(TNS) From clothing to cereal to trash bags, prices are going up fast. But many companies aren’t saying that, at least not in language most shoppers would recognize.
If you ask Pampers maker Procter & Gamble Co., it’s not raising prices, it’s “taking pricing.” Rival Unilever, known for Dove soap and Axe body spray, says it’s been “very active with pricing.” The prize for creativity — so far at least — has been home-improvement retailer Lowe’s Cos., whose finance chief told investors Wednesday that it was “elevating our pricing ecosystem.”The euphemisms illustrate the rhetorical backflips companies perform to avoid saying what they’re actually doing — responding to soaring input and transportation costs, and protecting their profit margins, by making their products more expensive. The makers and sellers of consumer staples notched big stock gains last year thanks to pandemic stockpiling and are now under pressure to maintain that performance even as costs go up, labor markets tighten and they face extremely tough comparisons with last year’s growth.
Those headwinds have cooled their shares somewhat in 2021, with the Standard & Poor’s 500 Consumer Staples Index up just 4.1% this year through Tuesday, and the S&P’s primary retail index up 7%. Those both trail the benchmark S&P 500’s 13% gain.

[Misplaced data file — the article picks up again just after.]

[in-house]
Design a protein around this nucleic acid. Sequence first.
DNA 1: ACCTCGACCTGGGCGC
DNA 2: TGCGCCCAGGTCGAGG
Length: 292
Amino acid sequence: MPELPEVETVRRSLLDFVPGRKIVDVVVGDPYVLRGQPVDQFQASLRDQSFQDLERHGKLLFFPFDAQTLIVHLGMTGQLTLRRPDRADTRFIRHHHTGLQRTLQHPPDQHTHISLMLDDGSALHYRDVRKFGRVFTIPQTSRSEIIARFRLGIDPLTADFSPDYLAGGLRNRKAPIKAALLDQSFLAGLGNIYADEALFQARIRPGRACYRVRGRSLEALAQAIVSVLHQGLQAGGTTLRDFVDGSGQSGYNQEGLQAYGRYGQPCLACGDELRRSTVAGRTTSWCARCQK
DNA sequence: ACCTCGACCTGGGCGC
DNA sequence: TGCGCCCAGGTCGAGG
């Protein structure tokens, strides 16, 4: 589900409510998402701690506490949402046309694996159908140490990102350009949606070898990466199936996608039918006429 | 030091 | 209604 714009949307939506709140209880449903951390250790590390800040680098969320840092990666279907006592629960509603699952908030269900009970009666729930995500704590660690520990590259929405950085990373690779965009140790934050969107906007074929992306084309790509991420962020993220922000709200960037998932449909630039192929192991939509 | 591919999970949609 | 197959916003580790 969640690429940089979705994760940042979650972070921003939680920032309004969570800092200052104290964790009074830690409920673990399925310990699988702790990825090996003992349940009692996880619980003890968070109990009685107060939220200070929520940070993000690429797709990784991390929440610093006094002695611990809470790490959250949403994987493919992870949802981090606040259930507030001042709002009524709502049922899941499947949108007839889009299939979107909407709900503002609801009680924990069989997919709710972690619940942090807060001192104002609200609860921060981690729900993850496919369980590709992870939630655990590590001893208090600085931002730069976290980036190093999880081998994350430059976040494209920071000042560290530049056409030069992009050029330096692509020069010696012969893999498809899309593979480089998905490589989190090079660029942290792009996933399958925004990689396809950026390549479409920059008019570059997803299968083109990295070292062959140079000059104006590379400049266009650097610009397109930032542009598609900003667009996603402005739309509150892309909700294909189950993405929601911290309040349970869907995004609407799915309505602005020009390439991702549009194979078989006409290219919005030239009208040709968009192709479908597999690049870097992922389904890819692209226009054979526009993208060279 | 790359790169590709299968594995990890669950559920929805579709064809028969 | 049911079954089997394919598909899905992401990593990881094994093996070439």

The price tags consumers see on shelves or online are the result of a complex series of negotiations between vendors and retailers, done behind closed doors, with neither side wanting to sacrifice too much. Retailers sometimes absorb some of the price increases manufacturers demand, and the rest is passed onto shoppers. When prices do inevitably rise, as they’re doing now, manufacturers and retailers both take cover behind neologisms that Wall Street understands, but Main Street sometimes doesn’t.